Review: The Farm at Peppertree Crossing by Leonie Kelsall

Title: The Farm at Peppertree Crossing

Author: Leonie Kelsall

Published: July 2nd 2020, Allen & Unwin

Status: Read July 2020 courtesy Allen & Unwin


My Thoughts:

Told with heart, humour and candour, The Farm at Peppertree Crossing is Leonie Kelsall’s first contemporary rural romance novel.

When Veronica is told she is to inherit an 800-acre farm in South Australia she is at first convinced it is a scam, and then certain it’s a mistake. Growing up within the foster care system she learnt the hard way to trust no one, and believing in the generosity of an aunt she never knew is difficult, so Roni is not surprised when she learns there is a catch. In a series of letters, her late aunt explains that to freely inherit the Peppertree Crossing Roni must complete a number of tasks. Single, pregnant and with few other options, Roni, with her beloved cat Scritches in tow, decides to accept the challenge, and perhaps find the home she’s always yearned for.

Kelsall explores familiar themes such as family, friendship, and love in The Farm at Peppertree Crossing. The themes of forgiveness and redemption are also strongly represented in a way I particularly appreciated. Several sensitive issues are also raised in the novel, among them sexual assault, addiction, suicide, and pregnancy loss, in a manner that feels genuine rather than contrived. These subjects add depth to the story, pushing it a little beyond the borders of the genre.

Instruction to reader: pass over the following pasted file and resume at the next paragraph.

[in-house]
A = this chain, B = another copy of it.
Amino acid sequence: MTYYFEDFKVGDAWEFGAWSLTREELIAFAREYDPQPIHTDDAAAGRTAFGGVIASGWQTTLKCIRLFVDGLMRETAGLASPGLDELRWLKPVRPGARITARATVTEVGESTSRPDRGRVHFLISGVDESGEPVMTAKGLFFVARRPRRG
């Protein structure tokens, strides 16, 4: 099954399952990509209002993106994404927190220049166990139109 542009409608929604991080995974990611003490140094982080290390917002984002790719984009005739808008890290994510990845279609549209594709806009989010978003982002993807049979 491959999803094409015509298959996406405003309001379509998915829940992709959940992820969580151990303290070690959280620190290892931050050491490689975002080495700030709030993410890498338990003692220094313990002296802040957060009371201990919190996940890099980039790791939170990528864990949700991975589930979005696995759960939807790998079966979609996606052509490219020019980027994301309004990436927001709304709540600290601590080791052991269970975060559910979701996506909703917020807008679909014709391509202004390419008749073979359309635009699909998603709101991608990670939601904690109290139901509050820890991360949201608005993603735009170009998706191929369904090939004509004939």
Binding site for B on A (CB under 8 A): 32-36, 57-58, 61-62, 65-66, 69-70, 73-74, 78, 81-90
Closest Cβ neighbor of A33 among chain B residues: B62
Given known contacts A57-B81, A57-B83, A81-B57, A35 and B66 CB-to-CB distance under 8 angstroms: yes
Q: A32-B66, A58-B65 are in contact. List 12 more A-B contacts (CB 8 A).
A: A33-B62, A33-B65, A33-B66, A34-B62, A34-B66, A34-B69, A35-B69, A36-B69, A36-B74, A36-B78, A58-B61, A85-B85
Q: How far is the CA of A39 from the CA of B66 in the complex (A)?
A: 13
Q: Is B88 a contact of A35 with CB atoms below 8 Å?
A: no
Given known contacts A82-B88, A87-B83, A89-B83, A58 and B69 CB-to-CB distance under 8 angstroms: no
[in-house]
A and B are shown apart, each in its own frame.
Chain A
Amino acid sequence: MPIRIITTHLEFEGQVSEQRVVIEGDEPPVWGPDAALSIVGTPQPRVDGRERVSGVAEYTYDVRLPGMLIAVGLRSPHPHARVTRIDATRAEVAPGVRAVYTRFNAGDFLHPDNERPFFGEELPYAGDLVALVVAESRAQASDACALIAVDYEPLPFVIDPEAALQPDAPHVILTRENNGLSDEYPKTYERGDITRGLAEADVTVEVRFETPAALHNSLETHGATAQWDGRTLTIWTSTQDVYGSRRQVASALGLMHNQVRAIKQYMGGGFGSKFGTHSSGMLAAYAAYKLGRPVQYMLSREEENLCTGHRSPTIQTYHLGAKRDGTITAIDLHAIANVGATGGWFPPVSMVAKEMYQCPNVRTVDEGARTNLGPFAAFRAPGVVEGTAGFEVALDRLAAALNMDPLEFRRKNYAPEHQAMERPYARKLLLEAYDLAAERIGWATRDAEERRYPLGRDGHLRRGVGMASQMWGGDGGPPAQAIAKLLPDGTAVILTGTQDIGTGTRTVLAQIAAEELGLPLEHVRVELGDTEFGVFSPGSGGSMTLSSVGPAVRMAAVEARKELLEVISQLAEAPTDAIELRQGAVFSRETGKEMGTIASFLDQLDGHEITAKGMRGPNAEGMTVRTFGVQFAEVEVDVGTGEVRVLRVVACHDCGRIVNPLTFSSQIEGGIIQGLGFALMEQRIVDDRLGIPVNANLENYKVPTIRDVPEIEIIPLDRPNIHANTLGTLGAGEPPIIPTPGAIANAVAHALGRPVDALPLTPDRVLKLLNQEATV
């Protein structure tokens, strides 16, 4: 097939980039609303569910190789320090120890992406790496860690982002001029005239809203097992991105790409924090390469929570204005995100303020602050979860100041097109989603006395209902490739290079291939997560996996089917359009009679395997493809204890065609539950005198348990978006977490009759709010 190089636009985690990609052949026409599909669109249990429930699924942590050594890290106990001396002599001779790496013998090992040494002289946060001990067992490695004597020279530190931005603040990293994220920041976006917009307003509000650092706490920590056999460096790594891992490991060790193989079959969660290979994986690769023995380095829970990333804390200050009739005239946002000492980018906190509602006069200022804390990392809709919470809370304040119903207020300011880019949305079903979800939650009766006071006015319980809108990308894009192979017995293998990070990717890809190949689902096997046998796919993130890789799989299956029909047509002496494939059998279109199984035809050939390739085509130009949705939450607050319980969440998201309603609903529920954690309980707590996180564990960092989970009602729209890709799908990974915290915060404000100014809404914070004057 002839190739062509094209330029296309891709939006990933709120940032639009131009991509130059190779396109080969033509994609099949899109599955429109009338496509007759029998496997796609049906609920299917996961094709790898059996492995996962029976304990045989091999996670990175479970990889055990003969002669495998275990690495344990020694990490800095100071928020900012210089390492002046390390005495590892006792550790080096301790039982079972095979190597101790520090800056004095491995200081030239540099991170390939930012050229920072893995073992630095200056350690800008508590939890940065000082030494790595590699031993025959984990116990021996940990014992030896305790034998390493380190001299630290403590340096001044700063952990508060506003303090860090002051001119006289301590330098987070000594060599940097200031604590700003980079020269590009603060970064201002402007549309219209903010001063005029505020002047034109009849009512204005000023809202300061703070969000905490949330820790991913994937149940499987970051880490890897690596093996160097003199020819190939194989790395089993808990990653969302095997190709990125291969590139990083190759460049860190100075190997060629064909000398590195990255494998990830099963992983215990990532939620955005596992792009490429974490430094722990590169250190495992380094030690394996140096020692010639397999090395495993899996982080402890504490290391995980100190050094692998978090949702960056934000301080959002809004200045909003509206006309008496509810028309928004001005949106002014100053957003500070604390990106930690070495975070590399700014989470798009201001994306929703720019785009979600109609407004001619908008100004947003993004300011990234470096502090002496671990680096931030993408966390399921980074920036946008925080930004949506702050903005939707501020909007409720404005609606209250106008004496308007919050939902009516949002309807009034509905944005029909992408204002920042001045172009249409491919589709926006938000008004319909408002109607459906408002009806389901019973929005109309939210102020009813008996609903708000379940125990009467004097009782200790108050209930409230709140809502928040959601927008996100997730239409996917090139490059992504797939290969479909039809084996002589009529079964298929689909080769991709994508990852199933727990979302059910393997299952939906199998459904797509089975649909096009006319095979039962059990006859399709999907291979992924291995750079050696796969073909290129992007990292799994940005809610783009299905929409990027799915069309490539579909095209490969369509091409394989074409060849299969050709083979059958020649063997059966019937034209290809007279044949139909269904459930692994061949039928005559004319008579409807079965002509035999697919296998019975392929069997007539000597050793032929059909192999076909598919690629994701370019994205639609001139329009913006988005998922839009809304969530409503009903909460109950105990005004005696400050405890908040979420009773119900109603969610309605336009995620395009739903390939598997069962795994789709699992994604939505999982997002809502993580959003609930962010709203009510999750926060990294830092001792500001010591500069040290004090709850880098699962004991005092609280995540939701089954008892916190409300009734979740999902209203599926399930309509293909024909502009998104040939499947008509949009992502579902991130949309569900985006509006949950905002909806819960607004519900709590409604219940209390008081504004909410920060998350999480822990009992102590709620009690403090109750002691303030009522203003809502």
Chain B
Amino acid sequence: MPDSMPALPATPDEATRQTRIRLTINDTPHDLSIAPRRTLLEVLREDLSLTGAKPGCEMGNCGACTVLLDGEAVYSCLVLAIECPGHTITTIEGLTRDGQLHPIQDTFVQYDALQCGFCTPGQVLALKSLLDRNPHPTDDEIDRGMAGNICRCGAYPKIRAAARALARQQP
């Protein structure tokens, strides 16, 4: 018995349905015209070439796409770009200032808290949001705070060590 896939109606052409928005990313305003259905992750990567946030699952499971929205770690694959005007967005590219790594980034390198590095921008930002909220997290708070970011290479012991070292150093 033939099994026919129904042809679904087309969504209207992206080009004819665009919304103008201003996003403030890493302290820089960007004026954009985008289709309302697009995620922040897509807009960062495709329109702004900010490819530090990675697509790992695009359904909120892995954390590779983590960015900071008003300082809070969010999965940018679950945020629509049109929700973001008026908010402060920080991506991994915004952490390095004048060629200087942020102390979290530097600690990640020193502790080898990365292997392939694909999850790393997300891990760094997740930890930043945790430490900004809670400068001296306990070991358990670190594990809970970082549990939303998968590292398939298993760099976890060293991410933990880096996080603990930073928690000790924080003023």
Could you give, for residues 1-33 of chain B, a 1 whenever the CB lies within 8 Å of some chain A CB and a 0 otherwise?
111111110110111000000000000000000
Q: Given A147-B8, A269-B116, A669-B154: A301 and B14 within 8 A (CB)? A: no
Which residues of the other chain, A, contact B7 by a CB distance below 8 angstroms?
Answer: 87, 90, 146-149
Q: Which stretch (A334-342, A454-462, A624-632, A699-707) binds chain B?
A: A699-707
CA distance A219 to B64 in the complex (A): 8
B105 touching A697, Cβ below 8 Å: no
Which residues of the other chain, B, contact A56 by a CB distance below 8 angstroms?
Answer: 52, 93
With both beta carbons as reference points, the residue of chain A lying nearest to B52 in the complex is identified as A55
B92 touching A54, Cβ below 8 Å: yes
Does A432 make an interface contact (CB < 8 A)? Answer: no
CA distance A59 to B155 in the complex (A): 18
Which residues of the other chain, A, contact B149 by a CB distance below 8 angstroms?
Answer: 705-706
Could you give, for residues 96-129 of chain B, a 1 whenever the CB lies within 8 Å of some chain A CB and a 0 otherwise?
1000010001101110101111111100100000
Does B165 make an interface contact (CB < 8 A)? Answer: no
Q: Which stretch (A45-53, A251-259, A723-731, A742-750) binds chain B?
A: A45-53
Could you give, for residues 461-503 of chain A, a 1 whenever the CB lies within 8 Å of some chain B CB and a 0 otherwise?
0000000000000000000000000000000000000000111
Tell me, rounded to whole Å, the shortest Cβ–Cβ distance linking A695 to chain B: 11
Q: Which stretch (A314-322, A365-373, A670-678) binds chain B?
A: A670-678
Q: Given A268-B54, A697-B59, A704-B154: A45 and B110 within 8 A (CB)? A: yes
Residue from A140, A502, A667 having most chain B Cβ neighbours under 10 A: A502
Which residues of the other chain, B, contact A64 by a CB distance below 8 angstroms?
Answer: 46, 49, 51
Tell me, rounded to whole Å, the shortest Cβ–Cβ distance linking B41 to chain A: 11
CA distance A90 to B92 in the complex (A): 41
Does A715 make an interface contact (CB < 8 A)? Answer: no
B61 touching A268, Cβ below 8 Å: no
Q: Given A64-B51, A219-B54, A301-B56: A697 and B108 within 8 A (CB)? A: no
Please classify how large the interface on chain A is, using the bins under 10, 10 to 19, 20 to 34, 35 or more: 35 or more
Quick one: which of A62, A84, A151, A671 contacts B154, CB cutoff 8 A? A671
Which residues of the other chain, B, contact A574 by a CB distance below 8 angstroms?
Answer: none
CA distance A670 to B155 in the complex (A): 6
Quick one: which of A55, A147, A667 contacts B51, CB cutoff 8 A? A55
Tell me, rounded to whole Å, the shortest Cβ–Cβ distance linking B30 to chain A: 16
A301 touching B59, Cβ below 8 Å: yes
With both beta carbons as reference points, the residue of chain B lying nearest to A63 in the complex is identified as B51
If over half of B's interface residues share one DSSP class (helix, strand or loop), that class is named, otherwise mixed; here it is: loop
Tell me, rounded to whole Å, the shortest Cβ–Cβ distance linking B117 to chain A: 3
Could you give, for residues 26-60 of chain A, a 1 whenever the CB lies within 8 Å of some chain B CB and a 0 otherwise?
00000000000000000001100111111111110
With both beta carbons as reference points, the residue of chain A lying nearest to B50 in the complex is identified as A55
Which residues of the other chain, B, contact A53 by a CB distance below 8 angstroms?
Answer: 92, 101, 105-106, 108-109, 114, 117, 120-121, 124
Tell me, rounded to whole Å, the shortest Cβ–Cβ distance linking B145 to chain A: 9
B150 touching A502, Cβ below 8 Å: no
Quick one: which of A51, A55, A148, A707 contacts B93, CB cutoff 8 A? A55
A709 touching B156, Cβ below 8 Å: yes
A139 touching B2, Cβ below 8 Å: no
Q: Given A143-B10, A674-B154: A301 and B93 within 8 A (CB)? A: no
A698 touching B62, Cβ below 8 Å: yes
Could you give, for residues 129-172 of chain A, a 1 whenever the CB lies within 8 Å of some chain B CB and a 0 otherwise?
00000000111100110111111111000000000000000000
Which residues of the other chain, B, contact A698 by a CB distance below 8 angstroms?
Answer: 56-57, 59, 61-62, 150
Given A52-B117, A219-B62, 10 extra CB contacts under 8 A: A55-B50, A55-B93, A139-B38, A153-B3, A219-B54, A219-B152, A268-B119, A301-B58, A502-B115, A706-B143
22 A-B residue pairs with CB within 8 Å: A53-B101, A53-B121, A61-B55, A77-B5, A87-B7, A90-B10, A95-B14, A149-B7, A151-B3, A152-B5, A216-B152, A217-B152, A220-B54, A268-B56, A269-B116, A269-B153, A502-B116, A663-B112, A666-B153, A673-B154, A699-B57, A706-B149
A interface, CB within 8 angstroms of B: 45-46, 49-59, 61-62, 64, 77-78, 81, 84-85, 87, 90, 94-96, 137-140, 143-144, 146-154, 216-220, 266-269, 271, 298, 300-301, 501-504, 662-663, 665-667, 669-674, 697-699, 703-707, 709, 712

Romance is still a key element in The Farm at Peppertree Crossing though, with a twist on the ‘enemies to lovers’ trope between Roni and share-farmer, Matt. Roni’s first instinct, particularly around men, is to be wary and defensive and she misconstrues Matt’s genuine offer of advice, help and friendship as manipulative and devious. I appreciated that Matt is not cast as her saviour, Roni must reach the conclusion that she is worthy of love on her own before their relationship can progress.

Roni is a prickly character to begin with, nursing a deep hurt she is closed off, mistrustful, and stubborn. I really liked Kelsall’s development of her character, which is somewhat slow, but authentic. She’s destined to learn lessons the hard way it seems, but she does learn and grow. Her journey is supported by several charming characters, most notably her late aunt’s dearest friend/partner, Tracey, and Matt, but also of the four-legged variety which includes her cat, a sheep named Goat, and a calf named Baby.

Well written, thoughtful and engaging with an ideal balance of romance and drama, I am impressed by The Farm at Peppertree Crossing and look forward to more from the author.


Available from Allen & Unwin RRP AUD$29.99